“Obama is very popular everywhere in Kenya,” said Karam Singh, a Kenya Indian currently on holiday after settling abroad. He saw that all over; and no wonder, the Inauguration Celebrations for President Barrack Obama start in Kenya much earlier than in the United States.
“I went for dinner to one Indian friend and he had portraits of Obama alongside pictures of Hindu Gods,” he said, “In traffic jams, vendors run up to cars selling his autobiography, pictures to hang at home alongside the President of Kenya. Vehicles have his photo painted on them.”
“I came across one coach on Mombasa Road with Obama's portrait painted on the back. Sections of this road are very rough. Some Chinese who are re-building this road, got menacing when I raised the camera. It was then a race to get a good vantage point from by car seat to take picture of the moving coach. I drove the driver crazy asking him to get as close as possible on this dangerous stretch of the road.
“After several wasted shots - I got my exclusive at the cost of being cursed by driver and passengers. They could not fathom the reason that someone from UK would want to take a photo of the back of the bus bearing Obama's photo! To me, this photo embodied aspirations of ordinary Kenyans who strive for greater achievements both in terms of monetary gains, power, high powered connections and personal embellishments,” he said.
Kenya declared a national Holiday when Obama won - the next national holiday will be when he visits Kenya. Now that has to be an event in itself. The Inauguration Celebrations for President Barrack Obama take off in Kenya earlier than in the United States. A five-day cultural extravaganza starts in his ancestral village, Kogelo, in western Kenya, on 16 January with traditional African music, dance, poems, art exhibitions, folk stories and feasts. Kenya’s Ministry of Culture and Heritage is assisting to organise this major event attended by many elders from his tribe and experts on African culture.
“The most important guest at Obama's inauguration is from Kenya,” headlined an American newspaper reporting on the presence of Sara Obama, Barack's Kenyan grandmother. She is the mother of Obama's father, whom he missed greatly when he was growing up. The US embassy in Nairobi has granted visas to eight members of the Kogelo community to attend Obama’s inauguration on January 20 in Washington DC. The group includes five immediate family members of Obama who will also be travelling to the US.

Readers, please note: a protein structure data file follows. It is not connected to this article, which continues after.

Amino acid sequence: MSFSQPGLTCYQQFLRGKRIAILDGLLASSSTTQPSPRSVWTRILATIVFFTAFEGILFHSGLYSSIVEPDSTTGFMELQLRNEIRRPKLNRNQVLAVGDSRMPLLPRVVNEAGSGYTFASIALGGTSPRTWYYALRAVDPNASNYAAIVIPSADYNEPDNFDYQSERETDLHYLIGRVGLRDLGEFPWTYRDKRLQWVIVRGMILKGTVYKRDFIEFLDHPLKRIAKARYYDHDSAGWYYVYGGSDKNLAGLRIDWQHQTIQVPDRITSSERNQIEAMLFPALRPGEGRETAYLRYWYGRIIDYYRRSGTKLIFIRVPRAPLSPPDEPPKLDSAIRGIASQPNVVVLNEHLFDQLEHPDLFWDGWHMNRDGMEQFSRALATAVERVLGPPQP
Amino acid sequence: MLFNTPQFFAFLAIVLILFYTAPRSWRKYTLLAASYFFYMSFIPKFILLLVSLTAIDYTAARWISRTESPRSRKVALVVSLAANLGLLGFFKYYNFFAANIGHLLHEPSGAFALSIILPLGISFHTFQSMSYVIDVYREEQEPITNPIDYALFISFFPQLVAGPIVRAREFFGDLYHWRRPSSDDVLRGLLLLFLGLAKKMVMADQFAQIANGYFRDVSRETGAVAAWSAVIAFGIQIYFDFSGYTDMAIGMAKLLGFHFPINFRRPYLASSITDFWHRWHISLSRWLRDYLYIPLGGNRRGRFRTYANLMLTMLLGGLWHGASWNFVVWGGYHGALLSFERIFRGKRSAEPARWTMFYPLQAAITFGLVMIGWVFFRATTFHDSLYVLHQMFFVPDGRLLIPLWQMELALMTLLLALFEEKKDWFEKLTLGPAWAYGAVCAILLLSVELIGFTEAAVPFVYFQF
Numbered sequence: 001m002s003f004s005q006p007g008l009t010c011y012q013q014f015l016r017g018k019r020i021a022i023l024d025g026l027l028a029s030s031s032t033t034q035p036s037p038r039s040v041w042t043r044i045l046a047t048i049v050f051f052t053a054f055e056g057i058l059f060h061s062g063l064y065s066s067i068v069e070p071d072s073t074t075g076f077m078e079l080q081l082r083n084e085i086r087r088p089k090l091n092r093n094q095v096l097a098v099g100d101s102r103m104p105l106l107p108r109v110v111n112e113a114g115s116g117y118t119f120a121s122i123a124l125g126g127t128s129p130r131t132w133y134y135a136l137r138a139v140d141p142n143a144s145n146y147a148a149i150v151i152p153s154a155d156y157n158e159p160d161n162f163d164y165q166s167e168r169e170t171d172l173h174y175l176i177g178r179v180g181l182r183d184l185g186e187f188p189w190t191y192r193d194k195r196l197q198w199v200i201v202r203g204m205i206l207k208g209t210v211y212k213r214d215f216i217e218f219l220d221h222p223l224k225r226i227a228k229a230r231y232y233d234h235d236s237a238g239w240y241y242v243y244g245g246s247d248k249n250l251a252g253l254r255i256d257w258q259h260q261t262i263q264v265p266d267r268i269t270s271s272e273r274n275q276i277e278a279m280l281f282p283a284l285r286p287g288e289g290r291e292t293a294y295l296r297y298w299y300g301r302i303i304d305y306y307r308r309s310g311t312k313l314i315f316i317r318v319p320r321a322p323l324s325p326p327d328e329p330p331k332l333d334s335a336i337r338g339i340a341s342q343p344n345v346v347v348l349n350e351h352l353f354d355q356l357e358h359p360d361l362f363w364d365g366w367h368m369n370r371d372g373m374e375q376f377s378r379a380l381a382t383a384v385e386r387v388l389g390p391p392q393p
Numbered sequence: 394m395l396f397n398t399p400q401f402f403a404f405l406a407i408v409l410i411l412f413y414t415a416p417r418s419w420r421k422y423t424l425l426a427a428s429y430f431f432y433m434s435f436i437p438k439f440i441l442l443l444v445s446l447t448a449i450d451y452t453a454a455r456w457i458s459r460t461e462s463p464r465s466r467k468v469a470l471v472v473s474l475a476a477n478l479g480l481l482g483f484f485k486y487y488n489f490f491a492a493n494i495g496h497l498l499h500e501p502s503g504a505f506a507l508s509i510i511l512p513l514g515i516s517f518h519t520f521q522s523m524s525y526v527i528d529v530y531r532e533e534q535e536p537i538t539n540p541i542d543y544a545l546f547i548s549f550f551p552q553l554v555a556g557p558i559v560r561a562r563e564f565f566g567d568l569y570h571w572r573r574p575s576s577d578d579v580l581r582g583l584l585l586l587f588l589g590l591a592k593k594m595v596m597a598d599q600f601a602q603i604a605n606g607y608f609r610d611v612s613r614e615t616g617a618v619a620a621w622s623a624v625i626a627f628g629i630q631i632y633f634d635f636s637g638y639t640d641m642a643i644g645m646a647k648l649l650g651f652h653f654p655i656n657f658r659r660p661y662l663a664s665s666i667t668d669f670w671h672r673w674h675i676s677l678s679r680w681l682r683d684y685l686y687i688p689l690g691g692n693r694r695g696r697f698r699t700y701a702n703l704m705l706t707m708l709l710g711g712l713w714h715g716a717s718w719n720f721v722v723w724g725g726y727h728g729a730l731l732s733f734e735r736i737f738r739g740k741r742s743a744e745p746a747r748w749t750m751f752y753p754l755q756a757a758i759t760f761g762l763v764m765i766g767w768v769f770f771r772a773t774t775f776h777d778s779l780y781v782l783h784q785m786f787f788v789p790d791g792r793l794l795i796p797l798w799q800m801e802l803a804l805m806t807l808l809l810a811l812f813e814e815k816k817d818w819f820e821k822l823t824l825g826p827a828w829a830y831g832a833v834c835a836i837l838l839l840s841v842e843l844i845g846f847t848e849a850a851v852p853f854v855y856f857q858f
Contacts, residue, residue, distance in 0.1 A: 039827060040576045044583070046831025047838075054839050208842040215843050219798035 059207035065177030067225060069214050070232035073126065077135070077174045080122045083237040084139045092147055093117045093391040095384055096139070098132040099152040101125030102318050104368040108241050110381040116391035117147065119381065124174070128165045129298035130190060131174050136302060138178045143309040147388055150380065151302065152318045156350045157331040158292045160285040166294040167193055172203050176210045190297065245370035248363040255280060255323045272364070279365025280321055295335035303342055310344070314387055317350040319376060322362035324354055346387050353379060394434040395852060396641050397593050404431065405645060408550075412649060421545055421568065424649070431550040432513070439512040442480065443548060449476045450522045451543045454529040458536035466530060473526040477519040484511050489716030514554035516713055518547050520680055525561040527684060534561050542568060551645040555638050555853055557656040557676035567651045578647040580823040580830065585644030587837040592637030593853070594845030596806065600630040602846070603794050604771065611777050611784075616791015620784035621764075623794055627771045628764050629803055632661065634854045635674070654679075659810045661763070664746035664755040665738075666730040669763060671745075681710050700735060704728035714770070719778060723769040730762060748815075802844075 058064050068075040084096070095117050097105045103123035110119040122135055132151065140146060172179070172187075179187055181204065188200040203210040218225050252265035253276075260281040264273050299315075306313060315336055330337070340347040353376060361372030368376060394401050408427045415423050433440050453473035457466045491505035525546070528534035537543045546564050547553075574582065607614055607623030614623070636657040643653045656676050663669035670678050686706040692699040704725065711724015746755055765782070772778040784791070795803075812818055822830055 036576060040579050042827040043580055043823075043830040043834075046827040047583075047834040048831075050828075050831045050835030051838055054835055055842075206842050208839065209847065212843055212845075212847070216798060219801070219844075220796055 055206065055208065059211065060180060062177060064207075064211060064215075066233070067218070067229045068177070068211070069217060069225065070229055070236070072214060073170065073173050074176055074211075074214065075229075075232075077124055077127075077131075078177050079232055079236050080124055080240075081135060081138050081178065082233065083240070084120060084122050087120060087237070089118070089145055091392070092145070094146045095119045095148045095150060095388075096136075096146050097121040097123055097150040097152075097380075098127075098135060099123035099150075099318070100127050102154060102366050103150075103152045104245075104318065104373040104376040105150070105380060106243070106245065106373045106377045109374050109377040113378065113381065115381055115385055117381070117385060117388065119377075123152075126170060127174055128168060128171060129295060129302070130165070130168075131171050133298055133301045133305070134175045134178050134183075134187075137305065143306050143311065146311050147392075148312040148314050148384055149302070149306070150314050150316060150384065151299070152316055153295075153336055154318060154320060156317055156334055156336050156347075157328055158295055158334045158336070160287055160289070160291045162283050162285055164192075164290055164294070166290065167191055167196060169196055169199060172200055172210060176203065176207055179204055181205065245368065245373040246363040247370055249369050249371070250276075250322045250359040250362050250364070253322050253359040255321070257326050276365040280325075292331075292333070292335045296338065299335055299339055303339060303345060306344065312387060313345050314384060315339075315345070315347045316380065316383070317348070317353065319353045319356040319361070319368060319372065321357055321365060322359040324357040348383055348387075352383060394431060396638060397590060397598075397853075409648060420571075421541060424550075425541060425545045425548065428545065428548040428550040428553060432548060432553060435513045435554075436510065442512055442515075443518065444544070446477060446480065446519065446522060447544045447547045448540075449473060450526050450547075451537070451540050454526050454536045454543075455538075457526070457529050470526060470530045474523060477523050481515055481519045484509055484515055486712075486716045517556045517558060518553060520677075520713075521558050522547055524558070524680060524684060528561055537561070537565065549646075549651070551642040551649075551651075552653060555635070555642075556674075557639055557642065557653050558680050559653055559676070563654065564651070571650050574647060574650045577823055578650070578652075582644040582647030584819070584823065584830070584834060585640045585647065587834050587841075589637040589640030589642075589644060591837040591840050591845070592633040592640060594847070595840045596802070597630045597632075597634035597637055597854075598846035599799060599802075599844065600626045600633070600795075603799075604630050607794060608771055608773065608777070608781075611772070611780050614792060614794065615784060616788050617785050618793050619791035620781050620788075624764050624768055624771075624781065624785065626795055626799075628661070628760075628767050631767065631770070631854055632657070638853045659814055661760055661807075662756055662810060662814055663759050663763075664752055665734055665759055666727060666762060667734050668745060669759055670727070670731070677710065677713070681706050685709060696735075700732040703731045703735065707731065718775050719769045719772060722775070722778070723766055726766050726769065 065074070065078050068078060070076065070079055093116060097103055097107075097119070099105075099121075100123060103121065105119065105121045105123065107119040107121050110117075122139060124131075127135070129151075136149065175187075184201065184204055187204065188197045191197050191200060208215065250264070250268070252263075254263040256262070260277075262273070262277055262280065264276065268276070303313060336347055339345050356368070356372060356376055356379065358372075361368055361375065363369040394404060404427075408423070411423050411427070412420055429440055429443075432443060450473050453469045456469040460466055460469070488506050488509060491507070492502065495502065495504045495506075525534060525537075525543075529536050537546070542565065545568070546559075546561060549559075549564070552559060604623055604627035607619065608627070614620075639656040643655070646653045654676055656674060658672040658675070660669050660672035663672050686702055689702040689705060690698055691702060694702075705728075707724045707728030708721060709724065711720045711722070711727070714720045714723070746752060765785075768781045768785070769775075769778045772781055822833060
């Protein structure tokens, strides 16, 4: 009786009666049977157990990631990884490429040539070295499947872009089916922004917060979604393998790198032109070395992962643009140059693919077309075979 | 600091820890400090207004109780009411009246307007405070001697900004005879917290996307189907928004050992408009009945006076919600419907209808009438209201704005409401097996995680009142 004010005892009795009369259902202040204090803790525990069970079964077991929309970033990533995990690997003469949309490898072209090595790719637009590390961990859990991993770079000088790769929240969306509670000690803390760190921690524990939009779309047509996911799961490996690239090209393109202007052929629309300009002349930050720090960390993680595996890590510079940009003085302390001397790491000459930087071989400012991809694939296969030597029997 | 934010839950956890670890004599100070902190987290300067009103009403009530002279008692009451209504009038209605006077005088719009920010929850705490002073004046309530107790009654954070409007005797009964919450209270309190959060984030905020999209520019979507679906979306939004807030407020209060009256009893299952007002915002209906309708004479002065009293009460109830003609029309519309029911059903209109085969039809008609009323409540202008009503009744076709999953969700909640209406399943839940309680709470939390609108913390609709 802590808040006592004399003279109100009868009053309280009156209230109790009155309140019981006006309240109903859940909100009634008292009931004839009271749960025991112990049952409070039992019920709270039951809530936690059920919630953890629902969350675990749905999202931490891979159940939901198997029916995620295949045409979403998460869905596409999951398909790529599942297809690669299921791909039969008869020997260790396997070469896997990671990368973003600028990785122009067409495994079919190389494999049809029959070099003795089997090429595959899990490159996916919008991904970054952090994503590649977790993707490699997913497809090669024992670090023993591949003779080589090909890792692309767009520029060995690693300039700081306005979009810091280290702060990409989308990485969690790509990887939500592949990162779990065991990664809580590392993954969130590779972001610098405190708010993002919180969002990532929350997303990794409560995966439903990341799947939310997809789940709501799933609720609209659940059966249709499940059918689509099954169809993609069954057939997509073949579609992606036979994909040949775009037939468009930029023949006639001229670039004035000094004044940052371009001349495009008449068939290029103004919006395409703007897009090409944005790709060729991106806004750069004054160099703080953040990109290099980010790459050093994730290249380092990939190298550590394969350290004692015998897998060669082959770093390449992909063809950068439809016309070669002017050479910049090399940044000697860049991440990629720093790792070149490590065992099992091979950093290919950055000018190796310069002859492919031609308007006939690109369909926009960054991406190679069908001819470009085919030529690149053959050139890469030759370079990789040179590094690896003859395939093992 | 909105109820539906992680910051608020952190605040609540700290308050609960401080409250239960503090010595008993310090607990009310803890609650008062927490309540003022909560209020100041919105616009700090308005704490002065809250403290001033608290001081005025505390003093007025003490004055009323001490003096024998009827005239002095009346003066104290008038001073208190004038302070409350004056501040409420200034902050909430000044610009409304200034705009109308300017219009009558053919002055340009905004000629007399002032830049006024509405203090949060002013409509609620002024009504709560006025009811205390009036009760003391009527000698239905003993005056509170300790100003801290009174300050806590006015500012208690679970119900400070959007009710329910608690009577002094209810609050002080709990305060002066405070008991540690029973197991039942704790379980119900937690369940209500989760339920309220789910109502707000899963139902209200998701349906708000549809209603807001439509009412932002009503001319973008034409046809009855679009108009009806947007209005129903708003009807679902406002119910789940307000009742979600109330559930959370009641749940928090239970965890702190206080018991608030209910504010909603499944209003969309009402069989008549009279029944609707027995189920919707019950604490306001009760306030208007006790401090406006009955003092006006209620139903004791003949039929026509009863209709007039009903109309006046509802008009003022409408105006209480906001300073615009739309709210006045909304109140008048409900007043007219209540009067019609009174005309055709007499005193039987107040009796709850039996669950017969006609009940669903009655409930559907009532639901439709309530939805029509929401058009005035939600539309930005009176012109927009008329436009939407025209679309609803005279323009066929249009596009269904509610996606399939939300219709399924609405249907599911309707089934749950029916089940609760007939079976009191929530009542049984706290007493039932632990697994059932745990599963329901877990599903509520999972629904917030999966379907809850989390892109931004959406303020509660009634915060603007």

On the historic day when the first African- American takes the oath of office to lead the most powerful nation of the world, Kenyans will be singing to hail him. The trail blazing Boys Choir of Kenya, a group of 26 young men, will perform for Obama and his guests in Washington DC during the inauguration. They will present the song America the Beautiful, a US national song, and Jambo Bwana, a popular Kenyan ditty that means “Hello, Boss”.
Kenya is already reaping a bonanza for its tourism sector after the Obama’s election for tourists are coming to visit his ancestral village after its tourism took a big hit following the ethnic violence in January 2008 soon after the elections in December 2007. Now, no Kenya safari is complete without a visit to Obama’s village in Nyanza Province of western Kenya, not very popular on the tourist circuit until Obama won the US elections.
Many Kenyan companies and politicians are cashing in on Obama’s victory. The vastly popular beer called ‘Senator’ when Obama won the election, it launched a new beer named “President”. East Africa’s leading newspaper, Daily Nation, published a calendar entitled ‘The Obama Year” and was sold out quickly on that day. Obama posters and T Shirts are top sellers. Kenyan politicians published advertisements congratulating Obama on his victory to promote themselves.
Many tour companies start their safaris from this village and then escort the tourists to the national parks. The safari packages, costing between $ 2,000 and $3,500, are promoted as ‘Obama Kenya Roots and Heritage”, “Presidential Heritage safari”, “Roots of Obama” and “Discover Obama’s Kenyan Roots”. The tour operators caution tourists, “There will be no entry into the private residence of Obama's grandmother nor will there be any interviews or contact with any of the Obama family members.” The road to Kogelo has been upgraded, a police post has been established, the airport in nearby Kisumu town is being expanded, and a museum telling the story of the Obama heritage is under construction and set to open late this year. Kenyan tour operators, including many Kenya Indians who own safari companies, are travelling to the United States to promote Obams Safaris and bookings increased since November. Kenya is cashing on Obaboom.